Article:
Nanchang CJ-6

A common, but erroneous, belief is that the CJ-6 is a Chinese version of the Russian Yak-18A. Its predecessor, the Nanchang CJ-5, was a Yak-18 design built under licence. However, advancements in pilot training brought a need for a new aircraft with improved performance and a tricycle landing gear. When the Soviet Union developed the Yak-18A, the PLAAF engineers decided that its performance and design would not suit China's needs.

During late 1957 Aeronautical Engineers Bushi Cheng and Lin Jiahua began work in Shenyang on a trainer design that addressed the shortcomings of the Yak-18A. The design they delivered featured an aluminum semi-monocoque fuselage, flush-riveted throughout, and introduced a modified Clark airfoil wing design with pronounced dihedral in the outer sections. Wind tunnel testing validated the design, and in May 1958 the program was transferred to the Nanchang Aircraft Manufacturing factory where Chief Engineer Goa Zhenning initiated production of the CJ-6. The first flight of the CJ-6 was completed on August 27th 1958 by Lu Maofan and He Yinxi.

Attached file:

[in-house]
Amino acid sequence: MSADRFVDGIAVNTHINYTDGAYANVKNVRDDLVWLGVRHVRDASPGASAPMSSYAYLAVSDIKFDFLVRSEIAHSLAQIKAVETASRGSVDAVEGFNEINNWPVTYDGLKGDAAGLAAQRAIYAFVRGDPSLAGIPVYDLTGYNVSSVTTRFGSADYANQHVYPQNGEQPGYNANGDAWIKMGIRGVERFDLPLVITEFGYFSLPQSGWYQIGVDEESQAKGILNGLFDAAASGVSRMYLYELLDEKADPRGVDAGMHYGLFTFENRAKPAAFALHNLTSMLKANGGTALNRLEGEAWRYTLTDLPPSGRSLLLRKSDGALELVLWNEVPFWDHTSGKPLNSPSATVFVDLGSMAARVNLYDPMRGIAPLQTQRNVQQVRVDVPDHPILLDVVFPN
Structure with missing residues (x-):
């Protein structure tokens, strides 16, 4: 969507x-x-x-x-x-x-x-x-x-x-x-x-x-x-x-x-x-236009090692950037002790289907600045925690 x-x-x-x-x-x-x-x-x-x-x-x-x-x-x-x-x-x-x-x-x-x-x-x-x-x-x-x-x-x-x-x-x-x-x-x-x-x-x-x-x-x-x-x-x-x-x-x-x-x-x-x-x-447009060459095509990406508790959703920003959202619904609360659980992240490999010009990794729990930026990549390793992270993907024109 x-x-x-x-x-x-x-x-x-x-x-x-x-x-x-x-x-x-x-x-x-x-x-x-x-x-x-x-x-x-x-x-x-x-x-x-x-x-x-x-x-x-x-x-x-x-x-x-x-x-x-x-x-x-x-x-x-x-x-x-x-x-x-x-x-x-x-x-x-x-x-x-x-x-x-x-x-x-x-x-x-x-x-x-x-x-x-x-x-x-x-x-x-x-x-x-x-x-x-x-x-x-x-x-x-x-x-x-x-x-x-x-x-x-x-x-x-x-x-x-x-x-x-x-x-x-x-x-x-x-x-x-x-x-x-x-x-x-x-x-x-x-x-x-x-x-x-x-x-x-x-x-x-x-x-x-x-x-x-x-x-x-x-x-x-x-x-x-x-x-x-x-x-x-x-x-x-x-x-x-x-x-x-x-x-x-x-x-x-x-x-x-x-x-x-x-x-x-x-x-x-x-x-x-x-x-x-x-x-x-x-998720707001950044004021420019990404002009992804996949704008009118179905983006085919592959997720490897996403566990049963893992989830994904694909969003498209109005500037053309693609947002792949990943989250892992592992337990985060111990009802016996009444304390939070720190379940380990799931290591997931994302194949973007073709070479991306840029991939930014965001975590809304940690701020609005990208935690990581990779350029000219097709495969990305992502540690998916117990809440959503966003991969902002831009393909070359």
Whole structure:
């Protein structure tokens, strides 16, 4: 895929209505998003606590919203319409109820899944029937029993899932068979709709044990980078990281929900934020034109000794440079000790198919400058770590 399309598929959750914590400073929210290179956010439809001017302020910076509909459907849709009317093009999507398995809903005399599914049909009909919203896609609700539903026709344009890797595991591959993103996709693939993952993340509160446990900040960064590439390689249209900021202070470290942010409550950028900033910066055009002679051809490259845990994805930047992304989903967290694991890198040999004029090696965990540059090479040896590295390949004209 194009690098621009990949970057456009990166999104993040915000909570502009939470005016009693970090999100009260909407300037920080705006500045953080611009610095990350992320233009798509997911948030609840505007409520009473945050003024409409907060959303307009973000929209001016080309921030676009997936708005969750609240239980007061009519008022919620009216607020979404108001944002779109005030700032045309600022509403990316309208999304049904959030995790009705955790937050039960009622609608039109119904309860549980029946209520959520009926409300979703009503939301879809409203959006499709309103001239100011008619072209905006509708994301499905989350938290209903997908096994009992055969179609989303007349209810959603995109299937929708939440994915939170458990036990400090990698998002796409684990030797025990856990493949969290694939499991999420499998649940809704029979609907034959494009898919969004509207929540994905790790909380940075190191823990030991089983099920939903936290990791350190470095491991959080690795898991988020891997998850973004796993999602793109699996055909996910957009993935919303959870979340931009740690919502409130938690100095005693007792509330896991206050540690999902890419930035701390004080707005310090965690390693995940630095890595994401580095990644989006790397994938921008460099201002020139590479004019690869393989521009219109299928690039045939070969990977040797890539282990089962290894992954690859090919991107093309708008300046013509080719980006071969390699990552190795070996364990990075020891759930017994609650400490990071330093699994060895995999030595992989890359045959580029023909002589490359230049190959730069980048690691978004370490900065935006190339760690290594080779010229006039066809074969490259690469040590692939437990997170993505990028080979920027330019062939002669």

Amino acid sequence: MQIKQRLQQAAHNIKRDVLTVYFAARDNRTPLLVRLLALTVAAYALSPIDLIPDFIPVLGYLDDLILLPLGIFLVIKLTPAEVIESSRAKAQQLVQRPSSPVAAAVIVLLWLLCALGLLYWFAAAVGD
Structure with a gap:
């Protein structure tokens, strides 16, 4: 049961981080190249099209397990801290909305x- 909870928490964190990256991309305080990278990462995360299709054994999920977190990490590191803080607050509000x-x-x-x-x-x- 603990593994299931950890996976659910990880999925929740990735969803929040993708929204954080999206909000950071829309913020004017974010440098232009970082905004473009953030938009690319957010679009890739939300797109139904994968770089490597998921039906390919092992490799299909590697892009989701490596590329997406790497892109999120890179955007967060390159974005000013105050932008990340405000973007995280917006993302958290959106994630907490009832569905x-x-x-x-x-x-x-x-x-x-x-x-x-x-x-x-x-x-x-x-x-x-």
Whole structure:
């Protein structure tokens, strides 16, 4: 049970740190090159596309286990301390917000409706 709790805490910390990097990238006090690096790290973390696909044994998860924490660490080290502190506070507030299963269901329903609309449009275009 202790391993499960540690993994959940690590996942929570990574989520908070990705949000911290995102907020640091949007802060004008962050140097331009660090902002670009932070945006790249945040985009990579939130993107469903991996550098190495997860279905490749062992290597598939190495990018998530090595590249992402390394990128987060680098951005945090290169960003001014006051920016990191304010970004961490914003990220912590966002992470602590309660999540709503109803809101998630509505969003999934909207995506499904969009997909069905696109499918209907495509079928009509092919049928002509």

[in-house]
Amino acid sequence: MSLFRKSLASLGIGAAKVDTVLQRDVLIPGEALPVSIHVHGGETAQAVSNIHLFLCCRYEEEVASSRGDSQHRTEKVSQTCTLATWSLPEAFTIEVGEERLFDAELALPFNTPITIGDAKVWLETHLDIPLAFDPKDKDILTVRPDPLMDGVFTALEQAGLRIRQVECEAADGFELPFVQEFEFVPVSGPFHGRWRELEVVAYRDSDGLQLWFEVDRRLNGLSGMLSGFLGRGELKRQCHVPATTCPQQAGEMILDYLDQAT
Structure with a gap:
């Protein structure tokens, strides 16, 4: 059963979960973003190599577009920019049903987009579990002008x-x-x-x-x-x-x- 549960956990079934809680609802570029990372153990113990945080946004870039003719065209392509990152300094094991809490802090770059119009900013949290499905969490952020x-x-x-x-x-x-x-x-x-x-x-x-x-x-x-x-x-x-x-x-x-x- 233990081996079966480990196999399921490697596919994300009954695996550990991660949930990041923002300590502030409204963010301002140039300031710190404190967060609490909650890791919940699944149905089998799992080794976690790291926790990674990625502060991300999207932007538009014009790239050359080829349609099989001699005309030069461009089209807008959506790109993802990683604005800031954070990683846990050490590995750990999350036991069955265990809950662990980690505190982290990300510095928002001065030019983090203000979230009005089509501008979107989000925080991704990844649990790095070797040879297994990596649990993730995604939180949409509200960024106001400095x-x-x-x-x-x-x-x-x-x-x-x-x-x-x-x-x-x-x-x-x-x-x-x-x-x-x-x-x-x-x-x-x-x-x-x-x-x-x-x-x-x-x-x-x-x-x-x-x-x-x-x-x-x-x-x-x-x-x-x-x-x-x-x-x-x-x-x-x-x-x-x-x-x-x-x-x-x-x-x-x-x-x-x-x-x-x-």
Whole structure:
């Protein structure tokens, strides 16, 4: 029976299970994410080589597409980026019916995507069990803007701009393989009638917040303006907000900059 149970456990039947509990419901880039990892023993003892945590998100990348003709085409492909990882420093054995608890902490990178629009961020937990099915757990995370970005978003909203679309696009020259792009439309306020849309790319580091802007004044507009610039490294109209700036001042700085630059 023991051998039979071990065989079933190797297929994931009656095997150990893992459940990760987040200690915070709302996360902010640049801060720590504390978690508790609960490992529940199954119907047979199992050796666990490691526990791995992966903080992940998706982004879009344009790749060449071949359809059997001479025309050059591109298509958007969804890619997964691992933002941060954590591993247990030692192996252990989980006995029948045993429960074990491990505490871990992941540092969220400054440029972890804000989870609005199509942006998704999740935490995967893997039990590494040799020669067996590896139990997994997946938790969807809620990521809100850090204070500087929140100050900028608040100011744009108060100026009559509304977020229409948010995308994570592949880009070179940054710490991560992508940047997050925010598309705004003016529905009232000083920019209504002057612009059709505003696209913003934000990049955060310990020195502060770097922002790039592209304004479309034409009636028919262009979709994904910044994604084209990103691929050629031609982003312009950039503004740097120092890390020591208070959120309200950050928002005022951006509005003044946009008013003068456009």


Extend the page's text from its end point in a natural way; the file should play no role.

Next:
Power for the prototype was provided by a Czech-built horizontally-opposed piston engine, but flight testing revealed the need for more power, so a locally manufactured version of the Soviet AI-14P 260 hp radial, the Housai HS-6, was substituted along with a matching propeller, and with that change the CJ-6 was approved for mass production. In 1965 the HS-6 engine was upgraded to 285 hp and redesignated the HS-6A, and the aircraft equipped with the new powerplant were designated the CJ-6A.

A total production run estimated at more than 3,000 aircraft supplied CJ-6 aircraft for PLAAF training, as well as export to countries including Albania, Bangladesh, Cambodia, North Korea, Tanzania, and Sri Lanka.

SIAI-Marchetti SF260

The Aermacchi SF.260 is a light aircraft marketed as an aerobatics plane and a military trainer. It was designed by Stelio Frati, originally for Aviamilano, which flew the first prototype of it (then designated F.260) on July 15, 1964. Actual production was undertaken when SIAI Marchetti purchased the design soon thereafter and continued with this firm until the company was bought by Aermacchi in 1997. The military versions are popular with smaller air forces, which can also arm it for use in the close-support role.